Share This Post
2018 Mitsubishi Eclipse Cross GTPosted On October 2, 2018
Names are important. Certain titles conjure up undeniable reactions, both good and bad. Who amongst us has nixed a baby name suggestion thanks to it having something in common with an unliked teacher or boss? Or, on the flip side, gave their progeny a name that honoured a dear family member? Choosing wisely is pretty important.
This is why the Mitsubishi Eclipse Cross nameplate gives me pause. The Eclipse zoomed onto our sports car scene in 1989, part of a three-pronged attack by Chrysler to poke a thumb in the eye of a just-burgeoning affordable sports car scene. Infused with all-wheel drive turbocharged fun, the original Eclipse was a super little pocket rocket that turned jaded gearheads into doe-eyed fans. The company continued to stick the Eclipse nameplate onto two-door coupes until 2012, at which time the model disappeared.
Until now. Mitsubishi has chosen to resurrect it for the crossover you see here. Your author totally understands why car companies return to the well and re-use a popular name from their heritage. This worked for the Dodge Challenger and, tangentially (even though it’s a four-door), the Dodge Charger. We’ll see what happens with the Chevy Blazer.
There is inherent risk in applying a storied nameplate onto a machine that bears no resemblance whatsoever in styling or mission to its forebear. If Mitsubishi is bent on using a familiar name, they have plenty from which to choose. Cross Colt would’ve worked just fine here.
I digress. It is unfair to denigrate the Eclipse Cross based solely on its badge, just as it would be unjust to dislike your new boss just because they have the same name as your parole officer. This is now the third crossover machine on offer to customers in Mitsu showrooms, joining the Outlander and diminutive RVR on the sales floor. The Eclipse Cross is imbued with more flamboyant styling than both of its corporate cousins, combined.
The company claims it casts a “coupe-like” shadow, with inspiration apparently drawn from the shape of an Olympic runner who is crouched at their starting gate for a 100m sprint. Take that as you will but owners will not lose this machine in the parking lot. It stands out—whether in a good or bad way is in the eye of the beholder—but the fact it looks like something is refreshing in today’s sea of milquetoast crossovers, most of whom can make a bowl of gruel look exciting. Your author approves.
He especially approves of the rear (hm, that didn’t come out correctly) where a hoop of light swoops across the bifurcated hatchback like a spear of red lightning. Almost cubist in nature, the tall hatch has a vertical pane of glass through which drivers can peer while watching for the constabulary on their six. Comparisons to the departed Pontiac Aztek are unfortunate and unnecessary.
Measuring 4405mm, the Eclipse Cross is only 40mm longer than the pocket-sized RVR and nearly 200mm shorter than the Outlander. Its wheelbase and 216mm of ground clearance is equal to both. In the ever-fluid world of small crossovers, consider it a competitor to the likes of Hyundai’s Tucson or Nissan’s Qashqai … at least until those manufacturers move their targets a bit.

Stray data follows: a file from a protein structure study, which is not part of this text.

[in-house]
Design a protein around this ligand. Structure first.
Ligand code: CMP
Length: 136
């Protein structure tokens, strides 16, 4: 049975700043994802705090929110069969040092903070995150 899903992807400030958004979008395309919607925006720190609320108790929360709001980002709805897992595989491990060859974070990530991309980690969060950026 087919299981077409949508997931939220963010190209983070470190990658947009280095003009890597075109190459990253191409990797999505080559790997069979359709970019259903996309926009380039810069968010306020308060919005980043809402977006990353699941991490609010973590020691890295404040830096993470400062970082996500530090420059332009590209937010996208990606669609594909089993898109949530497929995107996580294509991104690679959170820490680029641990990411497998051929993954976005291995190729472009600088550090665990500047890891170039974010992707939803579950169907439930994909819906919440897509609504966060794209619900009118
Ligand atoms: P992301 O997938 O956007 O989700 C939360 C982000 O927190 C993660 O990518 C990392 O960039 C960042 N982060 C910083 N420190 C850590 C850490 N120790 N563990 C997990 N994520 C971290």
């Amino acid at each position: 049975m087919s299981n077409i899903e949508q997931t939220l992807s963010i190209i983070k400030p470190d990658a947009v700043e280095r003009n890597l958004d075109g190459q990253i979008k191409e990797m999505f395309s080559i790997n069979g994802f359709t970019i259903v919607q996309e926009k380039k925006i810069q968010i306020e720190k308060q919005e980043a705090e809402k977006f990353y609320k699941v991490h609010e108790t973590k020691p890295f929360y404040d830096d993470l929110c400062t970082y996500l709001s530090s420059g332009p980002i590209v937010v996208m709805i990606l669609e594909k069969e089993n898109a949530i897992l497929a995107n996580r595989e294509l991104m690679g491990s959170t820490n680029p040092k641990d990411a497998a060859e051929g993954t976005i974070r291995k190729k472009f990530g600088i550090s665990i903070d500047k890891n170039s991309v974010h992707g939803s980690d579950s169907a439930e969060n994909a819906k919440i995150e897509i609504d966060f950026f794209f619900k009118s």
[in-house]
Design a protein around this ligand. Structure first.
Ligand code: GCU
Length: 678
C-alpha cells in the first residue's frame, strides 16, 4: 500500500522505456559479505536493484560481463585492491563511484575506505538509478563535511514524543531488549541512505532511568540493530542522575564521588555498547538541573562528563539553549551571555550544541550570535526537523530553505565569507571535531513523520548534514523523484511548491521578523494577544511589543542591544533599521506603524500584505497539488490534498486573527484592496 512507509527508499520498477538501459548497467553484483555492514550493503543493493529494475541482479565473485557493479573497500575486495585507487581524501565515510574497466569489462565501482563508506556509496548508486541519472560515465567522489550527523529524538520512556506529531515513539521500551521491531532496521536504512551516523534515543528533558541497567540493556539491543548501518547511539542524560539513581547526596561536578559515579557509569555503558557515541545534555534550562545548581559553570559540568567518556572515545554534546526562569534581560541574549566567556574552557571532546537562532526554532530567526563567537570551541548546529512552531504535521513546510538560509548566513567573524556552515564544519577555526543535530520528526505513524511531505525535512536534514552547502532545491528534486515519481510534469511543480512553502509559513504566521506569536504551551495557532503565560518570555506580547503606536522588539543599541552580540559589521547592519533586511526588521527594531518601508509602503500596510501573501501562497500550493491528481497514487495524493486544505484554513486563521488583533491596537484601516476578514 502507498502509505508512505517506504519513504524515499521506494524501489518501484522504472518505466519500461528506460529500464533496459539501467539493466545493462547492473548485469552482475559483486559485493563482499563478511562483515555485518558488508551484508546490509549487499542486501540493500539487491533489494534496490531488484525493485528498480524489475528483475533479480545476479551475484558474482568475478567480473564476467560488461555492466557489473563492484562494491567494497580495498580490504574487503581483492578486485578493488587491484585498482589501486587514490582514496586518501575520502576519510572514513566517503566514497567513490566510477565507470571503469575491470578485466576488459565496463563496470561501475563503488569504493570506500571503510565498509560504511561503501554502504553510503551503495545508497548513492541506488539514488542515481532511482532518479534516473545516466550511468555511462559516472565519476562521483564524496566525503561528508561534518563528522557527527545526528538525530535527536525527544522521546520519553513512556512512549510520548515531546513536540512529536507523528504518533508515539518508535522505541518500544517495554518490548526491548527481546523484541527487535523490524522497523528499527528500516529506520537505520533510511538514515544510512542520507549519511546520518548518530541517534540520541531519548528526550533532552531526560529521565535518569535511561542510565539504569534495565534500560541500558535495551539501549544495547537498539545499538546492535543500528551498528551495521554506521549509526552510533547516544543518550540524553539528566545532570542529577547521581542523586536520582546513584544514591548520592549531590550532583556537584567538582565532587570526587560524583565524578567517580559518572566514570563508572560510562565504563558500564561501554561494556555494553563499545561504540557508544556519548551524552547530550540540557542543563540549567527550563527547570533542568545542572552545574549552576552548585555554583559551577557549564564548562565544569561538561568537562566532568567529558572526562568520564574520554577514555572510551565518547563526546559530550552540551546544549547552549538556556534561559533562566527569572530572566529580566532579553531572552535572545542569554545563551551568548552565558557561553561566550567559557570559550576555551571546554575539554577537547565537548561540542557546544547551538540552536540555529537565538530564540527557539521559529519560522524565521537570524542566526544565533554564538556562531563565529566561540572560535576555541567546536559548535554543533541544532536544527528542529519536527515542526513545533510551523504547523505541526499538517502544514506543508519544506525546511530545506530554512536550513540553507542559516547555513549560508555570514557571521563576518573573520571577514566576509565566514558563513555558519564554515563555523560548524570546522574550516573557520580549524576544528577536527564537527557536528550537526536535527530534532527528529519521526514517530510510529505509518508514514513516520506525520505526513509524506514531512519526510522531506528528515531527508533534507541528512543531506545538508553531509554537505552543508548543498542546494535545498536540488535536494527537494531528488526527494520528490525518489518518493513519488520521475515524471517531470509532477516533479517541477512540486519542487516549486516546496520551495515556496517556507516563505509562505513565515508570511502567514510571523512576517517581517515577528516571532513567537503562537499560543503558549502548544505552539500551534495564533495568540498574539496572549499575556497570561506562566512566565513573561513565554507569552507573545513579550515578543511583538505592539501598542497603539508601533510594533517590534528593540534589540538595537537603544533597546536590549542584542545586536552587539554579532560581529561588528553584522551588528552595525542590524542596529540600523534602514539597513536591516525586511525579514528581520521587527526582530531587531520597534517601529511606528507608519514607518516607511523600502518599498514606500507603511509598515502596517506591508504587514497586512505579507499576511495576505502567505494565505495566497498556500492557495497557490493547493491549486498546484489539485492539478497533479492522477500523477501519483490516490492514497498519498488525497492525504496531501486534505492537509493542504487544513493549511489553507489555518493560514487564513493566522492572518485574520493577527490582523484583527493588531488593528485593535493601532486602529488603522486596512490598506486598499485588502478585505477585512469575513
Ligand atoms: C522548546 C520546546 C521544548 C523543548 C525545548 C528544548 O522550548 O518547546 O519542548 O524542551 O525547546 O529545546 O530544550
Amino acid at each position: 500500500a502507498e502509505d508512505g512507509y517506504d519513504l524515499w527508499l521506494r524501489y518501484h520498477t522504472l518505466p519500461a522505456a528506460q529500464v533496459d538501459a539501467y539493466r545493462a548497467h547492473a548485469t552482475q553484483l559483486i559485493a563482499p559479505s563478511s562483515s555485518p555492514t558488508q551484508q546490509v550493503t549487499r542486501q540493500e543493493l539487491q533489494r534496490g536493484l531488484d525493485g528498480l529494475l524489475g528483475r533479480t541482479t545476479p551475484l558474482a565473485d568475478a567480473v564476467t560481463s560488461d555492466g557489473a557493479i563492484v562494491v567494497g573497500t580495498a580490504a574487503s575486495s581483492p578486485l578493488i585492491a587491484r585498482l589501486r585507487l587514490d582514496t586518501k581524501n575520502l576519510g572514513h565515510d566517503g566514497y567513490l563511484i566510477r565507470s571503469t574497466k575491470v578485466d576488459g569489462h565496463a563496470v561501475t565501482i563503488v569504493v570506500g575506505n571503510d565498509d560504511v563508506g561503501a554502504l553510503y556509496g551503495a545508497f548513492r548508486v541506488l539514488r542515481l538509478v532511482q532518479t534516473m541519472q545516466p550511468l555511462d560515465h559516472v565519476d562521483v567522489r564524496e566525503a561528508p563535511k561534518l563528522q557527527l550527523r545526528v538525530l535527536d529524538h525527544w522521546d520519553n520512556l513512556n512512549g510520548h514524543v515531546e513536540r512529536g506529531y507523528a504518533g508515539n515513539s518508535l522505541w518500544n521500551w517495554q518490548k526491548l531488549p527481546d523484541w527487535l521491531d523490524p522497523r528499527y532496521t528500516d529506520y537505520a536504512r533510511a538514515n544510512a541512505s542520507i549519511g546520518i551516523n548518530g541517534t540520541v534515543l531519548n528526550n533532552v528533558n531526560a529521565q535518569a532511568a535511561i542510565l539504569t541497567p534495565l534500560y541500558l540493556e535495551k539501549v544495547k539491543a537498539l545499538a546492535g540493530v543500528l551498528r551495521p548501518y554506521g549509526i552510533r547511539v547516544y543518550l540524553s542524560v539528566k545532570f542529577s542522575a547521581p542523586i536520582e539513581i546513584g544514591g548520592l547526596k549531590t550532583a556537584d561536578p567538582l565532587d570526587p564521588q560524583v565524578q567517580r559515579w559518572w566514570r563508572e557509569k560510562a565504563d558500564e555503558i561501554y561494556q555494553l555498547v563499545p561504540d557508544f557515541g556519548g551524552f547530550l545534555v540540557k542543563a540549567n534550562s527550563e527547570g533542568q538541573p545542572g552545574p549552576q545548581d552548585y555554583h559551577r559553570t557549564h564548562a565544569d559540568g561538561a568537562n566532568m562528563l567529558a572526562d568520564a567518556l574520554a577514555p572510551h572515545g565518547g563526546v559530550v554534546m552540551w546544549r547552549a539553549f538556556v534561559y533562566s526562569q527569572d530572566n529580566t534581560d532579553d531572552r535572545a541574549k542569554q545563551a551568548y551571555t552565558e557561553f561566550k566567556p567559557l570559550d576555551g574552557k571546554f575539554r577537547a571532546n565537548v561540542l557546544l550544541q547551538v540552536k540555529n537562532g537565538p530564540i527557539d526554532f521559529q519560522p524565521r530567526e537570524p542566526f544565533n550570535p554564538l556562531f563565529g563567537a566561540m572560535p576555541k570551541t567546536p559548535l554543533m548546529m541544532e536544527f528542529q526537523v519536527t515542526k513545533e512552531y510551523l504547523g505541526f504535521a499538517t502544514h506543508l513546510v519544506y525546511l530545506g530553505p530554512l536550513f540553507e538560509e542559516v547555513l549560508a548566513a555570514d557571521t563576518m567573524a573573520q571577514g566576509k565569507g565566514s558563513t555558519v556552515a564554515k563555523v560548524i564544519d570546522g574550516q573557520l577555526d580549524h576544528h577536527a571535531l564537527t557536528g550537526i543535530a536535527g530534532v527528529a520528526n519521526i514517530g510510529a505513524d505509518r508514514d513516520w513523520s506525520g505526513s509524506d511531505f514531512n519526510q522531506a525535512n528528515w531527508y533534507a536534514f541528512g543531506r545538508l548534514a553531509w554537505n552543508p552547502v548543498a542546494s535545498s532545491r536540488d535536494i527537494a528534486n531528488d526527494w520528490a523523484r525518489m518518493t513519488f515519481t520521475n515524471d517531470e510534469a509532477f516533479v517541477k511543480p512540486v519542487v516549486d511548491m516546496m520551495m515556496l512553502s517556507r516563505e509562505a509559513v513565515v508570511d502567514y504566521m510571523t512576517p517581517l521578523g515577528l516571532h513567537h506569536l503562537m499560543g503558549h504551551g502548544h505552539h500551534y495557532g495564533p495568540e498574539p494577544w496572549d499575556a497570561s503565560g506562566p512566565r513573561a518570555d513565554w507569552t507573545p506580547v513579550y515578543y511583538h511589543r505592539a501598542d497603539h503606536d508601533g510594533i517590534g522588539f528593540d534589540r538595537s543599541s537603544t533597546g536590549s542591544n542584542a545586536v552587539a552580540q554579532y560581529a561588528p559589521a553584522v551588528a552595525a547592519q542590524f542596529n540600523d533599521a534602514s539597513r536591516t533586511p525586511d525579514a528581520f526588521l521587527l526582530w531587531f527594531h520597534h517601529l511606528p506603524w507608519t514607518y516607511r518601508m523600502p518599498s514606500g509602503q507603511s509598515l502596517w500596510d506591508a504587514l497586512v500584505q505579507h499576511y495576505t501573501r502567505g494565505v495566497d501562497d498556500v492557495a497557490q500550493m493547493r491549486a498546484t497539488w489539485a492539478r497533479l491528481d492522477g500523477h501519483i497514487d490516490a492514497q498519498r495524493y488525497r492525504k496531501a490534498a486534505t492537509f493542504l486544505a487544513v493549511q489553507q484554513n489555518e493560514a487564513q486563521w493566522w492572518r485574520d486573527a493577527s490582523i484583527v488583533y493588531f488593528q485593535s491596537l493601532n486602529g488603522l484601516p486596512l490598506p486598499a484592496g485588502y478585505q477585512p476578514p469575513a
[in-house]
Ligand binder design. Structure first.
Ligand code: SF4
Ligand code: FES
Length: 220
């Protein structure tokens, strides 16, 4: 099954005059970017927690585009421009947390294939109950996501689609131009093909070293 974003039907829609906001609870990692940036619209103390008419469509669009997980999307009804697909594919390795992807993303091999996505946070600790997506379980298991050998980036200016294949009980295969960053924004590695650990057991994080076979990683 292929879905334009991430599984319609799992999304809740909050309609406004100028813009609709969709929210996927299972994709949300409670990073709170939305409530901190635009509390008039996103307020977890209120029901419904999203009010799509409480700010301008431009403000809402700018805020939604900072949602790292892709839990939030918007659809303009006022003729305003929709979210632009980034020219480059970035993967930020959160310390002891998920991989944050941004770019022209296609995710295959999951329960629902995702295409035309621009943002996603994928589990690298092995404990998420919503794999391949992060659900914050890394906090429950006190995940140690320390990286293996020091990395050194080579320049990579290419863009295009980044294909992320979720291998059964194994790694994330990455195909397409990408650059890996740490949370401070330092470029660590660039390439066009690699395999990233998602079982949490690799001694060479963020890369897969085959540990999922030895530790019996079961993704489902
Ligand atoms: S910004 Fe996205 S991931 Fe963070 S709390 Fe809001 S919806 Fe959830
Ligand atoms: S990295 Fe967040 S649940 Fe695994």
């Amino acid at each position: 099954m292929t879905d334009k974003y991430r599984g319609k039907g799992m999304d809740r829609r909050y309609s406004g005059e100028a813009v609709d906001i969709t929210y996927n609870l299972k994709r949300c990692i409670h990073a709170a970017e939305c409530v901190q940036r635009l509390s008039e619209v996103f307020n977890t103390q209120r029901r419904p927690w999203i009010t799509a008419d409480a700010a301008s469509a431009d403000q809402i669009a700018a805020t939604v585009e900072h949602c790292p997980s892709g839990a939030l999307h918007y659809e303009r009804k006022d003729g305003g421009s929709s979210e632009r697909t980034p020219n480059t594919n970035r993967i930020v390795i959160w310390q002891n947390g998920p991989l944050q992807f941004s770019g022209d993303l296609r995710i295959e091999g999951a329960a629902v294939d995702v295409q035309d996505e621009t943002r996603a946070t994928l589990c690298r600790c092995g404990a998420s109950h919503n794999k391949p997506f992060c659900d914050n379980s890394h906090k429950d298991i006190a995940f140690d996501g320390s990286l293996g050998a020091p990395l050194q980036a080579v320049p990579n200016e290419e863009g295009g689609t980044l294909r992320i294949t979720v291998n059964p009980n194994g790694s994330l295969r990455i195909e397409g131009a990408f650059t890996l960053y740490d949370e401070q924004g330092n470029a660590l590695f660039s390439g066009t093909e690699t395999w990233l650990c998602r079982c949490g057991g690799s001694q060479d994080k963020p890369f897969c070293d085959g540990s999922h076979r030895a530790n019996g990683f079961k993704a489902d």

Inside, the Eclipse Cross doesn’t feel parsimonious, a complaint readily leveled at a few machines from this company in recent years. Given the broad net cast by its competition, Mitsu has to step up its interior game and the Eclipse Cross does so. Front seats are comfortable for all, while those long of torso may find themselves ducking their heads thanks to the EC’s attempt to draw a “coupe-like” outline. However, the shape of that cubist rear hatch mentioned earlier could pay dividends when trying to Tetris in tall loads from IKEA.
The infotainment system is devoid of any physical buttons on its face, leaving the driver to utilize the steering wheel controls and passengers to decipher an active touchpad located on the centre console. Apple CarPlay and Android Auto are standard on all trims.
Review: 2018 Subaru Crosstrek Sport
Eclipse Cross is the company’s first to feature their new turbocharged 1.5L inline-four. It is port and direct injected in a bid to get the most out of a litre of fuel, which is also the reason for the electronically controlled wastegates. Total output is 152 horsepower and 184 pound-feet of torque, which is an amount of twist that outstrips the EC’s competitors and is available at just 2000rpm.
The 2018 Mitsubishi Eclipse Cross starts at a reasonable $27,798 which includes all-wheel drive and all manner of creature comforts like heated sideview mirrors and Apple CarPlay. Taking a $2200 walk to the mid-level SE adds dual-zone climate control and active safety nannies. The GT shown here stickers at $35,998. For this princely sum, one will also find a heads-up display, a banging 710-watt Rockford-Fosgate audio system, and leather seats. Rear-seat minions will enjoy heated chairs as well in the GT. Mitsu says the SE will be their volume trim. Our buying advice is to save your shekels and stick with the well-equipped base model.
Another simple quirk making the EC stand out from the crowd? The company has creatively labelled their all-wheel system as Super All-Wheel Control. It is said to incorporate torque vectoring technologies that provide more predictive handling by way of managing the left-to-right propulsion and braking forces. That unique title goes along well with the trucklet’s funky shape.
After all, naming decisions are important, right?